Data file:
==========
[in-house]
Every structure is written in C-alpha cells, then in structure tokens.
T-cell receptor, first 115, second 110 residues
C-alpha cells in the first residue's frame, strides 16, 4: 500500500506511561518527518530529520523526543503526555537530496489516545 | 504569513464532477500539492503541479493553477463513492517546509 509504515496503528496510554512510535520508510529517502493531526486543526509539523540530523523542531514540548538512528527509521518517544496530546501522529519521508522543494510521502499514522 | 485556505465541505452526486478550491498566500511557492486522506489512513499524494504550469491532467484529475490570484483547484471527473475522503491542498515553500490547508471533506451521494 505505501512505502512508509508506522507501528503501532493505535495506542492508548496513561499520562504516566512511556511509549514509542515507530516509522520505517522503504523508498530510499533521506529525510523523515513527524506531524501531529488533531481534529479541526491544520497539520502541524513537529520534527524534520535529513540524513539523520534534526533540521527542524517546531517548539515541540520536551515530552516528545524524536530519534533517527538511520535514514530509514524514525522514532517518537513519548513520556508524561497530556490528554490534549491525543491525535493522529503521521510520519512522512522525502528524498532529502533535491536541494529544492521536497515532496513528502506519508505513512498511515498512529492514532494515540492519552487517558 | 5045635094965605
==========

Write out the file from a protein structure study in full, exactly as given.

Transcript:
[in-house]
Every structure is written in C-alpha cells, then in structure tokens.
T-cell receptor, first 115, second 110 residues
C-alpha cells in the first residue's frame, strides 16, 4: 500500500506511561518527518530529520523526543503526555537530496489516545 | 504569513464532477500539492503541479493553477463513492517546509 509504515496503528496510554512510535520508510529517502493531526486543526509539523540530523523542531514540548538512528527509521518517544496530546501522529519521508522543494510521502499514522 | 485556505465541505452526486478550491498566500511557492486522506489512513499524494504550469491532467484529475490570484483547484471527473475522503491542498515553500490547508471533506451521494 505505501512505502512508509508506522507501528503501532493505535495506542492508548496513561499520562504516566512511556511509549514509542515507530516509522520505517522503504523508498530510499533521506529525510523523515513527524506531524501531529488533531481534529479541526491544520497539520502541524513537529520534527524534520535529513540524513539523520534534526533540521527542524517546531517548539515541540520536551515530552516528545524524536530519534533517527538511520535514514530509514524514525522514532517518537513519548513520556508524561497530556490528554490534549491525543491525535493522529503521521510520519512522512522525502528524498532529502533535491536541494529544492521536497515532496513528502506519508505513512498511515498512529492514532494515540492519552487517558 | 5045635094965605